One systematic review and one umbrella review found that exercise interventions can improve walking speed and measures of physical function in frail older adults (10;11). Another systematic review of studies in healthy older adults found that resistance training to strengthen the leg muscles was the most effective way to improve gait speed (12).

Table 1 below provides a summary of exercises that have been shown to improve body structures for walking more efficiently.

Table 1: Exercises that research has shown to improve your body structures necessary for walking

Target Purpose
Strengthening for leg muscles (9;12-15)
To improve strength of leg muscles used in walking
Repeated standing and sitting from a chair

Stand close to a support and practice rising up onto your toes and then back on your heels
Stretching (16)
To improve the flexibility of the joints in your leg
Standing on the edge of a step with your forefoot supported, support yourself with your arms, depress your heel

Lying on your (left) side raise your right leg and move it backwards as far as you can. Hold and then return it. Repeat on the other side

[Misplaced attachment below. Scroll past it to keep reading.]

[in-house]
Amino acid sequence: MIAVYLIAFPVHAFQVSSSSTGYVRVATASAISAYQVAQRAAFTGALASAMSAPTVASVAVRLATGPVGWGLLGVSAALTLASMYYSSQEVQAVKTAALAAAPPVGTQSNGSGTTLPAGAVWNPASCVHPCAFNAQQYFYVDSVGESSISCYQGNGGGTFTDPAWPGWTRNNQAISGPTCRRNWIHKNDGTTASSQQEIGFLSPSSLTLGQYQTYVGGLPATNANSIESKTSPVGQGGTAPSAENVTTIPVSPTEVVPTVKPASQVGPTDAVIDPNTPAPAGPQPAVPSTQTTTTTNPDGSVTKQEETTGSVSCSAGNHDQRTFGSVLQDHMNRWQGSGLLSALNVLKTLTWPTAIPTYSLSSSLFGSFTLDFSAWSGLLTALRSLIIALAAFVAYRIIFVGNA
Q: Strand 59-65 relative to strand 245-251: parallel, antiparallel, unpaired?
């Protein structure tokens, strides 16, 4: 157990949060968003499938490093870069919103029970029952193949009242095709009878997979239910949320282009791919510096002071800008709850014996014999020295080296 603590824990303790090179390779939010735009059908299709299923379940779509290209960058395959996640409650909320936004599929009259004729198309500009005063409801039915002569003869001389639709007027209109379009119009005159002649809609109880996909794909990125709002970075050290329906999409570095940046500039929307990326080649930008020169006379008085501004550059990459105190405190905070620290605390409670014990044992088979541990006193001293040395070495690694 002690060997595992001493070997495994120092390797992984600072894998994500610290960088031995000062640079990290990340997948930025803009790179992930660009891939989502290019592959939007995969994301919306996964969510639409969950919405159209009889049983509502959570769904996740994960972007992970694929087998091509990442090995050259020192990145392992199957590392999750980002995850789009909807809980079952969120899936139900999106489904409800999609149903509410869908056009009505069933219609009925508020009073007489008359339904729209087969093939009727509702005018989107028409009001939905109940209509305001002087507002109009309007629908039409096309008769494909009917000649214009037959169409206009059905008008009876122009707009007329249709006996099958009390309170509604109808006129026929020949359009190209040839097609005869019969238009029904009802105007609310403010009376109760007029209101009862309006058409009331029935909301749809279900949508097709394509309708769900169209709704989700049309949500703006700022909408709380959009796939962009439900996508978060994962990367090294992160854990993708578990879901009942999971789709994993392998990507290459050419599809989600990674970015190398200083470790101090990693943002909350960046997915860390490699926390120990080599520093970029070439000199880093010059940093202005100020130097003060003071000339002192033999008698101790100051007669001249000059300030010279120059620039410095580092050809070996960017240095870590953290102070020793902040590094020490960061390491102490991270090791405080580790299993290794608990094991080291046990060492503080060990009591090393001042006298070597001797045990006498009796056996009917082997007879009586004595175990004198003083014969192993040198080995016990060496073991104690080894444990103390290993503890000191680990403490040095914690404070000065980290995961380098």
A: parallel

General fitness (17;18)
To ensure efficient delivery of oxygen to muscles while you walk
Cycling on a stationary bike
Marching on the spot

How can you improve your walking speed? Practicing walking to improve the patterning in your brain that controls walking?

The second approach to improving your walking speed involves the training of your brain to walk more efficiently.

We can improve our walking by practicing, which restores the brain pattern used to engage the muscles and nerves to better meet the demands made by walking (19). We also need a basic level of fitness, involving our cardiorespiratory system, to walk efficiently. This means we do not experience breathlessness as we walk and there is efficient delivery of oxygen to the muscles. If walking takes a lot of energy, you will do it less often compared to persons who don't feel tired when they walk. Improvements in walking occur when our brains, muscles, joints and nerves respond more efficiently to meet the demands of walking (20;21). Skilled walkers tend to have an efficient approach to walking and are more likely to walk more and experience less difficulty with moving generally (22).